This Easter Sunday, let's think about the kind of world we’d like to create

For many of us, thinking deeply and critically, the institution of government and governance has become an end in itself rather than an apparatus that assists in the pursuit of a greater goal, the common good of all. This has been tragic and disastrous, leading to the era of cynicism and mistrust. The foundation of civilisation has thus, fallen.

YOURS IS THE RIGHT AND THE POWER TO IMAGINE A NEW World

Values of responsibility, compassion, hard work, charity, community, citizenship, trustworthiness and pride in working for the common good, as well as the sense of obligation we have to one another and our sacred Mother Earth, speak to everyone and are values we all hold in common, Christians, people of other faiths or none. Thus, as we celebrate Easter Sunday, We can all be inspired by these values to guide us to build a better world.

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In the world we wish to see, we value ourselves, and we value each other.  In this new world, it is an honour to serve, where the highest good is the common good.

We should remember that, in spite of our differences, we have our humanity in common.  Archbishop Desmond Tutu speaks of “that African thing, Ubuntu” – the notion that a person is only a person through other persons.  A person with “Ubuntu” is open and available to others, all others, for we are incomplete without each other. Ubuntu echoes the insight of John Donne that “No man is an island ..... I am involved in mankind.”  What was true for John Donne in the 17th Century is even more so today.

Therefore, let us work in cooperation for the benefit of all - instead of competition that has been so deeply entrenched in our psyche - that has turned people against one another and has destroyed every ounce of our true spiritual essence that flows through our veins as living, breathing human beings.

A core essential truth, lest we forget, is that a more hopeful story of change, based upon principles of the ‘common good’, is needed to address many of the big challenges confronting our country and world.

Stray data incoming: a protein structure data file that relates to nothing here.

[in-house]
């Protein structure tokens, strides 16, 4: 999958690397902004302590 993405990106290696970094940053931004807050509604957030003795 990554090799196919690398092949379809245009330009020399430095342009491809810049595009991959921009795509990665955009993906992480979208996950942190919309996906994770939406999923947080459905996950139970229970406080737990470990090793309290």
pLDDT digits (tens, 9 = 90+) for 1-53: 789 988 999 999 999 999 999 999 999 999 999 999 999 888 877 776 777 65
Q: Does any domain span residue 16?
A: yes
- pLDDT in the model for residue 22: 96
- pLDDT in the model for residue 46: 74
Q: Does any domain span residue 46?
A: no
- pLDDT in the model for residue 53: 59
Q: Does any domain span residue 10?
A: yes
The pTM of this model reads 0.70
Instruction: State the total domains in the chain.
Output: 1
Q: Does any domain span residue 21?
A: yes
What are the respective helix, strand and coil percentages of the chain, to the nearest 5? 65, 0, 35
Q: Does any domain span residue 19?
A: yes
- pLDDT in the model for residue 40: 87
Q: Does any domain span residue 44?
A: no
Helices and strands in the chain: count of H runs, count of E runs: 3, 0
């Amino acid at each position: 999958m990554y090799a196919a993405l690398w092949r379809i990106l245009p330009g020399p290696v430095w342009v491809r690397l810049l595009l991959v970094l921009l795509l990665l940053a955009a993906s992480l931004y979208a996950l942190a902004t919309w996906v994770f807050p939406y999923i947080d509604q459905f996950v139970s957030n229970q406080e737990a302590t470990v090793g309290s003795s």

The practice of the common good is beginning to emerge as a transformative, inspirational and aspirational alternative way to approach our polarised socio-political/economic, spiritual and cultural existence.  It is at the heart of a profound generational shift that has the potential to strengthen civil society and place human dignity at the heart of economic and political decision-making.

How can we become agents of change for the common good?  How can we spark a new public conversation framed around human dignity and the common good?

In seeking to answer these and other relevant pertinent questions, and to understand the world better, we need to discover the world not just as it is, but also how it ought to be.  Indeed, the deepest and most difficult questions with which we wrestle are problems of value — right and wrong, beautiful and ugly, just and unjust, worthy or unworthy, dignified or abhorrent, love or hatred, cooperation or competition, selflessness or selfishness, progress and poverty, profit and loss.

Human beings have explored these many questions of value through religion, philosophy, the creation of art and literature, and more.  Indeed, questions of value have inaugurated many disciplines within the humanities and continue to drive them today. Questions and conversations about values and valuing are fundamental to what it means to be human, but rarely become the subject of explicit public reflection.